Installing a three bowl sink is like installing any standard sink. The rectangle design – as opposed to a batwing corner sink or round sink, for example – makes it easy to cut the sink opening.
This DIY sink installation overview will help you decide whether or not to do the work or hire a professional and to know what they should be doing if you do hire someone.
To install a triple sink, you’ll need:
- Tape measure
- Marking pencil
- Jigsaw or circular saw
- Wood screws
- Painter’s tape
- Silicone sink caulk
- Drill/driver and ¼” drill bit
- Safety glasses or goggles
Cutting the Sink Hole in the Countertop
This is the make or break task of sink installation. If you do it right, you’ll save yourself some money. Done incorrectly, you can ruin the countertop.
If you’re installing granite, quartz, solid surface or other expensive and difficult to cut material, ask the retailer if the sink hole can be cut at the factory and how much extra that step will cost. That might be a good option. In fact, it’s standard on most countertops. This goes double when installing an undermount sink, since the countertop edge will be exposed.
If you do cut the hole yourself, these tips will help.
- Position the template on the countertop or the substrate (if you’re installing tile) exactly where the sink will go, and use painter’s tape to secure it
- If using a jigsaw, use the drill and ¼” bit to create a starter hole
- Use the template as a guide, cutting along the line all the way around
- Tip: The material you’re removing should be supported from below near the end of the cut, so that it won’t break off and splinter the countertop material
Installing a Drop-in Sink
This is an easy task for those with basic DIY experience.
- Run a ¼” bead of silicone caulk around the edge of the sink hole
- Drop in the sink, and push it down firmly before wiping off excess silicone
- From beneath, install and tighten the clamps supplied to secure the sink to the countertop
- Install any additional support brackets required
- Hook up the disposer, typically to the center bowl
- Note: If you’re installing a cast iron sink, see our Cast Iron Kitchen Sink Installation Guide for instructions on installing the extra support required for their weight
- Install the drain lines
Installing an Undermount Triple Sink
Here’s how to install a triple sink beneath the countertop:
- Turn the countertop or substrate upside down
- Run a ¼” bead of silicone caulk around the underside edge of the sink hole
- Set the sink onto the countertop or substrate, and press down firmly, making sure the sink is located exactly where it needs to be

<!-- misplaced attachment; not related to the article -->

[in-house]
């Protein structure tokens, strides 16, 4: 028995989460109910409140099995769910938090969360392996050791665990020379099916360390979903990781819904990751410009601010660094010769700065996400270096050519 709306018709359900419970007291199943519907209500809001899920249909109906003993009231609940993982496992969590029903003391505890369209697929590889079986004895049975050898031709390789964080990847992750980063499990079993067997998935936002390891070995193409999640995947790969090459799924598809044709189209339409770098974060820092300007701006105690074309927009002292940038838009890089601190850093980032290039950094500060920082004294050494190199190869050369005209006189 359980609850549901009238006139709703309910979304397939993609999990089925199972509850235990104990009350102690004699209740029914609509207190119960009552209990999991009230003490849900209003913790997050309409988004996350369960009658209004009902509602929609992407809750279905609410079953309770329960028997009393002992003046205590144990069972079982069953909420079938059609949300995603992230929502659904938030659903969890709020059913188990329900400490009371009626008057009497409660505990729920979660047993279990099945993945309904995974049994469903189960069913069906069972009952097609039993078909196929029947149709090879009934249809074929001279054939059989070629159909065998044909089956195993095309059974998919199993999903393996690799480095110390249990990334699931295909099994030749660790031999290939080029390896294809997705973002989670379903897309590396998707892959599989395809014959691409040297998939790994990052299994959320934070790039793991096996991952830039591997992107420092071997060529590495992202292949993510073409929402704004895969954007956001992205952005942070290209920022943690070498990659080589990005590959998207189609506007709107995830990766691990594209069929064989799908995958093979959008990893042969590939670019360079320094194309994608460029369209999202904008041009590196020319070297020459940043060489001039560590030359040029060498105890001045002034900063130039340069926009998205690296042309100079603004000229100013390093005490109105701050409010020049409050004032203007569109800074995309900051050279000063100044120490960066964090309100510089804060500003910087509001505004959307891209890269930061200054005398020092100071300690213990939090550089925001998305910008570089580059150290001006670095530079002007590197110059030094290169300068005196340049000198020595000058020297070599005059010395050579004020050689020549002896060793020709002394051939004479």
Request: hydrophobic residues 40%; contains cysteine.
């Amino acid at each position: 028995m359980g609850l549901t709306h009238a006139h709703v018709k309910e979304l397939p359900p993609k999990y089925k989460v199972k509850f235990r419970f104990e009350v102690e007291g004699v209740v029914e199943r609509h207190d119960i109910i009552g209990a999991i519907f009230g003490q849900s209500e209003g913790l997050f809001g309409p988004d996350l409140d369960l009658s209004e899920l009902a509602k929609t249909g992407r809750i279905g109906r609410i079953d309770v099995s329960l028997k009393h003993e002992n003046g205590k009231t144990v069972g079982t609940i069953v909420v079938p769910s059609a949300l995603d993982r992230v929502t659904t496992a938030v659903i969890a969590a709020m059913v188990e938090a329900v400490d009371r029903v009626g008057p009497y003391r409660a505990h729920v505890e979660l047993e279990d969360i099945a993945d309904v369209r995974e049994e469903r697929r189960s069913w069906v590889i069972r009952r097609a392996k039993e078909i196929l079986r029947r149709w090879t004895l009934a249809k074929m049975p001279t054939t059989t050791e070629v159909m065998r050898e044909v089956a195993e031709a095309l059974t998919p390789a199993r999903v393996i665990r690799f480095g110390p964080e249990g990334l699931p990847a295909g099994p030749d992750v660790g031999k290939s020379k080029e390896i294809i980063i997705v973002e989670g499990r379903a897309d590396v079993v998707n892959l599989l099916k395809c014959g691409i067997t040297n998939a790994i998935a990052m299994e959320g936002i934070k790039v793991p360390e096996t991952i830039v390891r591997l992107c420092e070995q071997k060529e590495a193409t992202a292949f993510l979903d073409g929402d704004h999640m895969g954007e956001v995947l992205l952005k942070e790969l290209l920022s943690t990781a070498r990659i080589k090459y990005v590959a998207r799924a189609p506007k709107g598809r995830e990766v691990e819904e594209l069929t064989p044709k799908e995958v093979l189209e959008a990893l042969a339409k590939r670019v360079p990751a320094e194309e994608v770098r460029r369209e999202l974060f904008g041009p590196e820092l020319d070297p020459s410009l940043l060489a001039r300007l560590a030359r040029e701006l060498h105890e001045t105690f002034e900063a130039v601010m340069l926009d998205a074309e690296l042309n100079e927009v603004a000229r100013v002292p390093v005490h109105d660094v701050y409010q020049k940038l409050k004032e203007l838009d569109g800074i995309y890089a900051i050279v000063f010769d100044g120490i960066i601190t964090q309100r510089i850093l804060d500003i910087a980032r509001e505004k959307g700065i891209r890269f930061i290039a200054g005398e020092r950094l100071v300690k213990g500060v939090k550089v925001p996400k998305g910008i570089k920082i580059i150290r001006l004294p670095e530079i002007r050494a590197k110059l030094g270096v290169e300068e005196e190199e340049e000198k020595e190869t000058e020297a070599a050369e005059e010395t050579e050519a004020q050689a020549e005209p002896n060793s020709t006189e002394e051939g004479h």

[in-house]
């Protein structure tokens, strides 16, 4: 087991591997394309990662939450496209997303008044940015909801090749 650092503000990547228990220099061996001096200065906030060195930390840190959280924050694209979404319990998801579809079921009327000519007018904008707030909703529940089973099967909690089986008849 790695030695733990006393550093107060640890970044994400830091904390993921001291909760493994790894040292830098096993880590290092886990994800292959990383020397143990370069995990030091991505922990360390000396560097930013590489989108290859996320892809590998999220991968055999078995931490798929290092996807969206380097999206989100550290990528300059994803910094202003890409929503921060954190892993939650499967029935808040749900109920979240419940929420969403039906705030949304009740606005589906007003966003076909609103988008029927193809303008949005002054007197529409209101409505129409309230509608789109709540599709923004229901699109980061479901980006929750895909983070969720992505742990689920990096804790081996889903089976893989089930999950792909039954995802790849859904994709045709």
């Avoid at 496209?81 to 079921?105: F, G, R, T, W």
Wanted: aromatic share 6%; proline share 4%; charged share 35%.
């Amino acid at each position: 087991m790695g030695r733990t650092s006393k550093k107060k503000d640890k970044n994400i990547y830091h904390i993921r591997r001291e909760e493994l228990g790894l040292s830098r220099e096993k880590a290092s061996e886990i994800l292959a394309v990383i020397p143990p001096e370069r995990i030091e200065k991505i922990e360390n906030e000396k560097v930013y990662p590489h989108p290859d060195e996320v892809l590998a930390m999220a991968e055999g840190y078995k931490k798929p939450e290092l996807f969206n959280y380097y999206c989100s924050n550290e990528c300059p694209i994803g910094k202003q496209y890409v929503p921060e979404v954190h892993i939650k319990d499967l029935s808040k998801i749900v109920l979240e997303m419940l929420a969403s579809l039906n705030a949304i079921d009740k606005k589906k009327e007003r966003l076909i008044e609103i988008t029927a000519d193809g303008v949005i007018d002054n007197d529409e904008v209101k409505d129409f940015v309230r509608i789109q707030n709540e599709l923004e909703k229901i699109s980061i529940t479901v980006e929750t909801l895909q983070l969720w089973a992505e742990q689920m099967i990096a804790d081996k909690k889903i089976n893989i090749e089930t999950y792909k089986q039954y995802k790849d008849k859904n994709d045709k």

- Install the clamps used to secure the sink to the underside of the countertop
- Install the countertop or substrate and the sink together onto the base cabinets
- Install any additional support required for the sink
- Tip: Even if additional support isn’t required, some installers recommend adding 1”x1” or 1”x2” supports for both sides of the sink and attaching the supports to the front and back of the sink cabinet
- Note: See our Cast Iron Kitchen Sink Installation Guide for instructions on supporting these heavy sinks.
- Install the drain lines
The Cost to Install a Triple Kitchen Sink
Sink installation is often included in the cost of countertop installation. However, for just sink installation, expect estimates in this price range:
- Triple sink installation cost: $125-$450
Installing the sink and three drain lines, the simplest installation, will be relatively inexpensive. The more appliances such as a garbage disposal and tankless water heater are included, the higher the sink installation cost will be.
Triple Sink Installation FAQ
This triple sink Q&A covers common questions.
I’m having an undermount sink installed and have to decide on the reveal. What is best?
First, let’s explain what the reveal is for readers unfamiliar with the term. An undermount sink hole can be cut to slightly overlap the top sink edge (negative reveal), be flush with the sink edge (zero reveal) or allow the sink edge to show (positive reveal).
Most choose flush or negative reveal. A positive reveal – in which the sink hole is slightly larger than the sink – allows the top edge of the sink to show. While some consider this visually appealing, and code in some places requires it so that all food prep area edges can be cleaned, most who choose it aren’t happy with it in the long run. First, the visible sink edge collects food and eventually food stains. Secondly, a revealed edge is at risk for being chipped. Finally, the caulk between the sink edge and countertop is visible, and the caulk eventually yellows and looks dingy or stained.
A negative reveal is nice in that it allows you to brush crumbs and other debris off the countertop and right into the sink without them clinging to the side of the bowl. Once caution about a negative reveal is that the underside of the overhang can be a place where mold grows. You should clean it regularly with a mild antibacterial solution.
I’m installing a 45” stainless steel sink. Does it need extra support?
Even though stainless steel is relatively light, the width of the sink is a concern. Many professional installers would add supports beneath the sink– supports that attach to the sink cabinet front and back rather than to the countertop.
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